Hero 800 "Flighter" C/T Open Showing Press Bar Converter
First, the Hero 800s have an inexpensive look and feel, but only slightly below par with the Parker 45 they emulate. The featherless clip is a little too plain, and makes the pen appear cheap, but the fit and finish are quite good. Swap clips with a 45 and file off the Hero markings and it would be hard to tell. The only noticeable difference between the two is a choice of gold or chrome plate (or possibly stainless) clips. Both have gold plated section rings, though.
Unscrewing the barrel reveals a serviceable pressbar converter, a bit less robust than the Parker type, but it works well enough. Filling is the same, dip in the ink, squeeze a few times, wipe, and write.
The gold nibs on both examples unmarked, and are probably 12 karat gold. They are both stiff fines. Most of the literature with this set of pens suggests that gold color unmarked nibs are probably 12 karat, which is reinforced by the 12K marked hang tag that came on one of the 800s. Each nib is smooth, and evenly wet, but is less so than the real thing. Good, but not a great writers.
Hero 158 Black- China
The 156 and 158 are definitely upscale and both pens are more hefty than the 45. The packaging is first rate, giving the entire presentation a pricey feel.
The 156 is something of a logical extension of the 45 concept, with a Chinese flair in the added trim and has a much nicer finish. With the 158, it seems that Hero started with partially blank paper. The 158 looks like Hero used a nicer cap and barrel and married them with a dressed up Parker 45 section and added a 45 copy clip. I find the 156 more like a 45, and the 158 a nicer pen that nods toward the 45.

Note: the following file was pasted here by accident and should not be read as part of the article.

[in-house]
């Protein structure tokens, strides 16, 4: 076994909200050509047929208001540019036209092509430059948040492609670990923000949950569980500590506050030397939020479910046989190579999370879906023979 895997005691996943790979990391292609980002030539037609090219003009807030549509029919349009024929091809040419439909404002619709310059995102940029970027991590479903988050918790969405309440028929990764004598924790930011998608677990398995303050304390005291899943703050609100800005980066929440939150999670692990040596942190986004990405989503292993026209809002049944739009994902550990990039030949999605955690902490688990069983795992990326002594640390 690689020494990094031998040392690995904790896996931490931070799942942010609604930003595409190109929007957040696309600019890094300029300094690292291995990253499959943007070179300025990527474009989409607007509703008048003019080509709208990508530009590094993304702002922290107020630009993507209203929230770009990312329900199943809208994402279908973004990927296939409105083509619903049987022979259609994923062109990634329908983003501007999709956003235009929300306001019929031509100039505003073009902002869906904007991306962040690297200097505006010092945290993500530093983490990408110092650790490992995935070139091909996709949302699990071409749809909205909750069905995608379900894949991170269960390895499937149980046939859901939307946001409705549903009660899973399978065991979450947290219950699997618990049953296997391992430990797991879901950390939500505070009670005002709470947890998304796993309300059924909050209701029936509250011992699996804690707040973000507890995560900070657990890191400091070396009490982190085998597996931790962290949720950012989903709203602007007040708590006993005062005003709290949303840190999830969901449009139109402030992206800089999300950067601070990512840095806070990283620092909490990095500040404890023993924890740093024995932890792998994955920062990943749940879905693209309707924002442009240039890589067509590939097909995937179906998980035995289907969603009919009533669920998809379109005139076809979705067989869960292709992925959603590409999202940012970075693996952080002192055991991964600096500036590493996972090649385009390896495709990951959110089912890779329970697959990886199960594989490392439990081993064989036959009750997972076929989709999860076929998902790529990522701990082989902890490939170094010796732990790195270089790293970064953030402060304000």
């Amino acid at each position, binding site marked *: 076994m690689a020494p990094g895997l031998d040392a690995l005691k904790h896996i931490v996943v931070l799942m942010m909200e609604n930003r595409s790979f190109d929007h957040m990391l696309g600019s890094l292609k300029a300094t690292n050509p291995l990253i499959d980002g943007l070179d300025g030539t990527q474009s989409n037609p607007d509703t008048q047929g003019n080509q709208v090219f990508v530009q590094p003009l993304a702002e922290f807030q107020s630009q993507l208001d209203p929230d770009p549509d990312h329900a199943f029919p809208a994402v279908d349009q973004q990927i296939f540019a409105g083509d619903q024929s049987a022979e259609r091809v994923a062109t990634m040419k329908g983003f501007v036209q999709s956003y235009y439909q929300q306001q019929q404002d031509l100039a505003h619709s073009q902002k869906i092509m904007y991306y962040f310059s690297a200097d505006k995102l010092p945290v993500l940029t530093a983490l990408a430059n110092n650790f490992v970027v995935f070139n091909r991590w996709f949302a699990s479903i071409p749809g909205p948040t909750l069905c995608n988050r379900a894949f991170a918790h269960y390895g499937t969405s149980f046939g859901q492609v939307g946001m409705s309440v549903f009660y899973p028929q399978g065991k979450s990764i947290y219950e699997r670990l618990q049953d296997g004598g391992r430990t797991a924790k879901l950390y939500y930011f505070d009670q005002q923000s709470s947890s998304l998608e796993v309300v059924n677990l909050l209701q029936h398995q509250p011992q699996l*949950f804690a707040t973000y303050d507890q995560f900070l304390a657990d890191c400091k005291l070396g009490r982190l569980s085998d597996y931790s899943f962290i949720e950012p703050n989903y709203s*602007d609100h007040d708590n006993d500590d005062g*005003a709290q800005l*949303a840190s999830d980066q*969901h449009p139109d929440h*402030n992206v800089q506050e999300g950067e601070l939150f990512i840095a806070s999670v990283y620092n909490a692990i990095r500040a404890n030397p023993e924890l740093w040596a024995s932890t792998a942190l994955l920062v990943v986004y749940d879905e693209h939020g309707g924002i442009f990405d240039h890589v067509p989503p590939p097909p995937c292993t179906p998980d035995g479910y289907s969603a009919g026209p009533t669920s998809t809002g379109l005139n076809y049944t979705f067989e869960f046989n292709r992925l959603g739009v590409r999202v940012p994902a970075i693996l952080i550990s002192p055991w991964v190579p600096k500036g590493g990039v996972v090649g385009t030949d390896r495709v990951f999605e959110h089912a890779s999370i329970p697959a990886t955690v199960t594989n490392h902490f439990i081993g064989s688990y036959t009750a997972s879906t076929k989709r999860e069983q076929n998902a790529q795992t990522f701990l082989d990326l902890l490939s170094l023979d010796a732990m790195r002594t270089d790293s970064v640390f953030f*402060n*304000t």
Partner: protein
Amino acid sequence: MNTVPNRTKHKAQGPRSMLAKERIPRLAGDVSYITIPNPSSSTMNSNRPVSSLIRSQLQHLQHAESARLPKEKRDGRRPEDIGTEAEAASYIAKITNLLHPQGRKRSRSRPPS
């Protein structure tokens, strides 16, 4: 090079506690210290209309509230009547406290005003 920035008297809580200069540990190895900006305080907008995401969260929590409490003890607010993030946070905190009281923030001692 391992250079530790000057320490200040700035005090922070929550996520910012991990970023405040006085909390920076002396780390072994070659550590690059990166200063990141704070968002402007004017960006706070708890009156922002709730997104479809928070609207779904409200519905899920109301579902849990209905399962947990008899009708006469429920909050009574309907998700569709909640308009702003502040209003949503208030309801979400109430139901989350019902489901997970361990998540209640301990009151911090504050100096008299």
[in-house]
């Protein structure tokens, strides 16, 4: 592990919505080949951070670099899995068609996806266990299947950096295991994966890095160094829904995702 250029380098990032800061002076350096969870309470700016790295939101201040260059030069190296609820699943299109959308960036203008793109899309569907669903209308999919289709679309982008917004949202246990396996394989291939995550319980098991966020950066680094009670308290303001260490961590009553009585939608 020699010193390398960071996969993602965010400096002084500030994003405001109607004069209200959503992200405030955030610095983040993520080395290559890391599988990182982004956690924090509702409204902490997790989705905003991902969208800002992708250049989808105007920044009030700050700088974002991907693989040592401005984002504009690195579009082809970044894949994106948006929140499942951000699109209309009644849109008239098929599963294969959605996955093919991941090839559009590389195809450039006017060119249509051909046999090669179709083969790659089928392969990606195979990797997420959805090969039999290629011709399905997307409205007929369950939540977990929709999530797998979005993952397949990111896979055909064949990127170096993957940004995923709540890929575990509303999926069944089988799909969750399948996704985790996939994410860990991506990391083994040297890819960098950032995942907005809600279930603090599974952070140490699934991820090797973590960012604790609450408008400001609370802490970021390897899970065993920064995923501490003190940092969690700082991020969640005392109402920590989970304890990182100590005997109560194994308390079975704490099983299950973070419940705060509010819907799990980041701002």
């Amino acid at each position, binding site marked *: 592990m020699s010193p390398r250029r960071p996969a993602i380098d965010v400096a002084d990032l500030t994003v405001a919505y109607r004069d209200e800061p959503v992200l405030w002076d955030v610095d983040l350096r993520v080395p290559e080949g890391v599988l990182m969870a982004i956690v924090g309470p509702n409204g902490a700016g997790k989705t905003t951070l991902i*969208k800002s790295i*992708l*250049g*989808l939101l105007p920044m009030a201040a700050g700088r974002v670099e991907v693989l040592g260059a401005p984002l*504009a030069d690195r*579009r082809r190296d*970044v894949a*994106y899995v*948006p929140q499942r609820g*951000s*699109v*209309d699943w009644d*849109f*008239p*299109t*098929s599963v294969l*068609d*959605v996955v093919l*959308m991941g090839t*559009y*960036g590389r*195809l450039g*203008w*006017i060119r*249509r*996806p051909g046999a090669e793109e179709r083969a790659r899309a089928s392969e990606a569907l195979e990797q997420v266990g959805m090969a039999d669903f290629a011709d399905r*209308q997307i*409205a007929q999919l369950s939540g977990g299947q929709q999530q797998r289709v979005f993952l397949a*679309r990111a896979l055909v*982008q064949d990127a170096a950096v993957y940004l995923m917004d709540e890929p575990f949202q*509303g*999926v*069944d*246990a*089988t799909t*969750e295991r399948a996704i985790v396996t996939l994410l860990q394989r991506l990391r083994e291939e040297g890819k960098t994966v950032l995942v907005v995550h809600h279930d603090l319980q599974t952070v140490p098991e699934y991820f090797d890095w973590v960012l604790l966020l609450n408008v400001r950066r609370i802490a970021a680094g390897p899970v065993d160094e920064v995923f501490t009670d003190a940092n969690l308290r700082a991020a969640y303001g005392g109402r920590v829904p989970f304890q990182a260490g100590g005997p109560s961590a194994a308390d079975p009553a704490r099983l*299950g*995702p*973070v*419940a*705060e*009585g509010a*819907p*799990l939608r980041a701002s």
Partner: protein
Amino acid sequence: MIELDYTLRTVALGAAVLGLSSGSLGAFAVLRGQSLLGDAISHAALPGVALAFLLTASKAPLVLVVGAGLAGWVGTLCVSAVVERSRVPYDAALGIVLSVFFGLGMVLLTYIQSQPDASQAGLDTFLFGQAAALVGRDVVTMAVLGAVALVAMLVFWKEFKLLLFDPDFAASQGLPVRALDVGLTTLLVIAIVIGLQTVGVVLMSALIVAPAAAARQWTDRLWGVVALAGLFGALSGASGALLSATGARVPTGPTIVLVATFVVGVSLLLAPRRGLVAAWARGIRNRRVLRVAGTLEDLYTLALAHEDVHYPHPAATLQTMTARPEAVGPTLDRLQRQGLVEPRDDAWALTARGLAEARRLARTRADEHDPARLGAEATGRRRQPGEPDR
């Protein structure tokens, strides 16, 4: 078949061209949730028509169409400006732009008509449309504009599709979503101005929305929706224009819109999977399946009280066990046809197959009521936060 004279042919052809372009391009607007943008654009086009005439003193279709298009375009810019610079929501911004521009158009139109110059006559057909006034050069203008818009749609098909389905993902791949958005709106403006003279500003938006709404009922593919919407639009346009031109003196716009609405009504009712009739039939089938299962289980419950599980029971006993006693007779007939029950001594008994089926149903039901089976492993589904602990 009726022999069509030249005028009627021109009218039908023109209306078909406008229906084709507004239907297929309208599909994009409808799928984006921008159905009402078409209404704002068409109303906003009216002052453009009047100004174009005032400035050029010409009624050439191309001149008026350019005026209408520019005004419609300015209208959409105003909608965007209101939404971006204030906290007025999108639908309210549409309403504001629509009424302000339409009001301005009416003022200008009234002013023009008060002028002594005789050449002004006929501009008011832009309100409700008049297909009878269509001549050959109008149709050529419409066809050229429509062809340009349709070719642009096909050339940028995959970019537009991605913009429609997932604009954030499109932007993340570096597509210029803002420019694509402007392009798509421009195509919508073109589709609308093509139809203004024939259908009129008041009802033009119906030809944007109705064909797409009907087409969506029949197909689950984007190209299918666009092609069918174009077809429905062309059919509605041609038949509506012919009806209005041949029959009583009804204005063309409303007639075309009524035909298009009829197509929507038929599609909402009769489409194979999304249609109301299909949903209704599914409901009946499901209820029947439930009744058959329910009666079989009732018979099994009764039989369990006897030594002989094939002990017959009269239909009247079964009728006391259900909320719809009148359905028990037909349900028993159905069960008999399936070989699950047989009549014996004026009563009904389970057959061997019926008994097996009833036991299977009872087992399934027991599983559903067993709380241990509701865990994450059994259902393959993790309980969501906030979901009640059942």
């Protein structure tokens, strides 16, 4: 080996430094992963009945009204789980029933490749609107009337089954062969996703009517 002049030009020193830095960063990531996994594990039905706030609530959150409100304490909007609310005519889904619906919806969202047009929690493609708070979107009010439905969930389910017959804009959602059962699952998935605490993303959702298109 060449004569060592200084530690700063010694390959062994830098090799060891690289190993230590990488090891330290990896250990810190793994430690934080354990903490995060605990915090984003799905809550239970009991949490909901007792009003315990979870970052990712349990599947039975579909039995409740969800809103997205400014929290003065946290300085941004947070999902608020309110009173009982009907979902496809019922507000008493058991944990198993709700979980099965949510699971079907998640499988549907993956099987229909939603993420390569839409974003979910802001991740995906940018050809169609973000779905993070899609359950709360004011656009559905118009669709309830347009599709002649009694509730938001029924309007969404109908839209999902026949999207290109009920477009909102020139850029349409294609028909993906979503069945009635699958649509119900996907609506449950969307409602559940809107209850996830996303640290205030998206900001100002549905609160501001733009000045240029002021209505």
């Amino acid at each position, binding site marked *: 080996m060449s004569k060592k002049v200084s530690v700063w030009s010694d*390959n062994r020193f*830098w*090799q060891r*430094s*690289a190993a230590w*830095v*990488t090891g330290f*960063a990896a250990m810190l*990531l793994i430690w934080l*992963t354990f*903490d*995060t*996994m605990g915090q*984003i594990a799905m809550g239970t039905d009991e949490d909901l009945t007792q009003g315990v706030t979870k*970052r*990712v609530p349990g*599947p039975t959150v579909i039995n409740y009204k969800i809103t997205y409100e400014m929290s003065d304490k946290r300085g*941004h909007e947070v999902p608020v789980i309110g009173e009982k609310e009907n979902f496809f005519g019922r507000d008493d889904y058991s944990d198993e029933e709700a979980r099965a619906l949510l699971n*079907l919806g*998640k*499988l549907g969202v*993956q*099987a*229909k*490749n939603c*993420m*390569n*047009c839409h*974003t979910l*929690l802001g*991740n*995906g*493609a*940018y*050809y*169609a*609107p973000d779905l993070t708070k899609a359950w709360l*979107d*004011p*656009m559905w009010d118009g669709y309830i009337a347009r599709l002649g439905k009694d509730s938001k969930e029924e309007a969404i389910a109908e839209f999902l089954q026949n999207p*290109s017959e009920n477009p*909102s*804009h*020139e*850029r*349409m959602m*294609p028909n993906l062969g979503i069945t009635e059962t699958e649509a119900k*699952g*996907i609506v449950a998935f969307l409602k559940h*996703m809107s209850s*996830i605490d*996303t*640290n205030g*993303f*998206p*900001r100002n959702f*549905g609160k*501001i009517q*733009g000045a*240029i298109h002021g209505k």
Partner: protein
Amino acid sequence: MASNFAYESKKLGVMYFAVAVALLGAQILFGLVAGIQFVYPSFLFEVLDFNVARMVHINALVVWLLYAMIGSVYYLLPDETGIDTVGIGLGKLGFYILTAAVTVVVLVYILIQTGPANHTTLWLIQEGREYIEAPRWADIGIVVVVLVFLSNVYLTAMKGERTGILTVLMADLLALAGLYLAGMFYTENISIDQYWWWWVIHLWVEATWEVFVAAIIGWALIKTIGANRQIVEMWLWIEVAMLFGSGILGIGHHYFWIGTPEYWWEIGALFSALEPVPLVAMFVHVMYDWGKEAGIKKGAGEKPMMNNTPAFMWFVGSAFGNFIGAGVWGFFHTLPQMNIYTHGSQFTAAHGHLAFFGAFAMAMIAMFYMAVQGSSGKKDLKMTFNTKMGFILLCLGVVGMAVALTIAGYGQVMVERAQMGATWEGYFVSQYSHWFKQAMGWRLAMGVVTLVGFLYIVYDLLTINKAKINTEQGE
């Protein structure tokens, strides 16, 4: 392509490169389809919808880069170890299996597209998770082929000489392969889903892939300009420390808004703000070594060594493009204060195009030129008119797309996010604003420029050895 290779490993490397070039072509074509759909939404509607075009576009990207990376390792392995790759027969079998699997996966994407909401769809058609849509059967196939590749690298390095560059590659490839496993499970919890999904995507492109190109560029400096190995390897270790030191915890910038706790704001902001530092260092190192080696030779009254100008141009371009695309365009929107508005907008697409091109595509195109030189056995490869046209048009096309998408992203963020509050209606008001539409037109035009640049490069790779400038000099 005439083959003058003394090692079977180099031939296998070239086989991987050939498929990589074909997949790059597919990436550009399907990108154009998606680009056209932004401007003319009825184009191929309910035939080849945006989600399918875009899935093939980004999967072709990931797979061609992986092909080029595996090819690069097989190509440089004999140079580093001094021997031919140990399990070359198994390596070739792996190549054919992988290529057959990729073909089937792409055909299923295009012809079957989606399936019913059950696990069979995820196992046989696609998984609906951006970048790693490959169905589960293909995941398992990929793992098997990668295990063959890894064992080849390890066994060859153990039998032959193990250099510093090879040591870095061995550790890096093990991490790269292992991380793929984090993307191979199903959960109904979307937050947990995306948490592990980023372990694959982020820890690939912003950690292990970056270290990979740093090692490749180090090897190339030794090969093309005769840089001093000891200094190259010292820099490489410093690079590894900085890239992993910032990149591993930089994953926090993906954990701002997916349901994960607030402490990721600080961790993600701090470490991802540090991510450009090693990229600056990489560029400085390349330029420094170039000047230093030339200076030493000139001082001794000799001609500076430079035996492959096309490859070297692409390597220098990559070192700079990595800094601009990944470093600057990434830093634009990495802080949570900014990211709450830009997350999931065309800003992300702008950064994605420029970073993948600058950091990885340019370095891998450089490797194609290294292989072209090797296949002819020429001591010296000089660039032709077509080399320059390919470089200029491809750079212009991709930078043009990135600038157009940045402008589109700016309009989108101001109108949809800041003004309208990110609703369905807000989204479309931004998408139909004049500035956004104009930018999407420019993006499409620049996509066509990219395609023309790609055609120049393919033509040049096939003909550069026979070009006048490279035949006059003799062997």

Opening both reveals metal threaded barrels, into which the section screws very smoothly. Both use the Hero pressbar converter. Filling is the same as the 800s and the 45, dip in the ink, squeeze a few times, wipe, and write.
The 158 came with a 12 karat gold hang tag, and the accompanying booklet says the nib should be 12 karat. So they both probably are, and again, both are very stiff. The 156 has the smoothest nib of the lot, a really nice writer. The 158 nib is on par with the 800s.
Cap Detail, Left to Right, Hero 158 / Hero 156 / Hero 800 C/T
These Hero Parker 45 clones didn't prove to be the mixed bag of quality the Parker 51 clones did. All of these pens are well made, showing very good to excellent fit and finish. All wrote well, but the 156 really shone, writing as well as most of the Parker 45s I like to keep around. That one is a very nice pen.
This turned out to be a more worthy set of Hero pens, a better showing of what the company is capable of. Considering the very low prices they can be purchased for, they represent a real bargain, and a nice collection can be put together without a visit to the loan officer at the bank. If you did go, you wouldn't be embarrassed with any of this set. I guess a bargain can be had even cloning the low end of the fine pen range.
Grateful thanks to Dan Carmell for supplying the fun Hero 800, 156, and 158 pens. Dan was not only kind enough to loan the pens, but was also very helpful in supplying background details on them.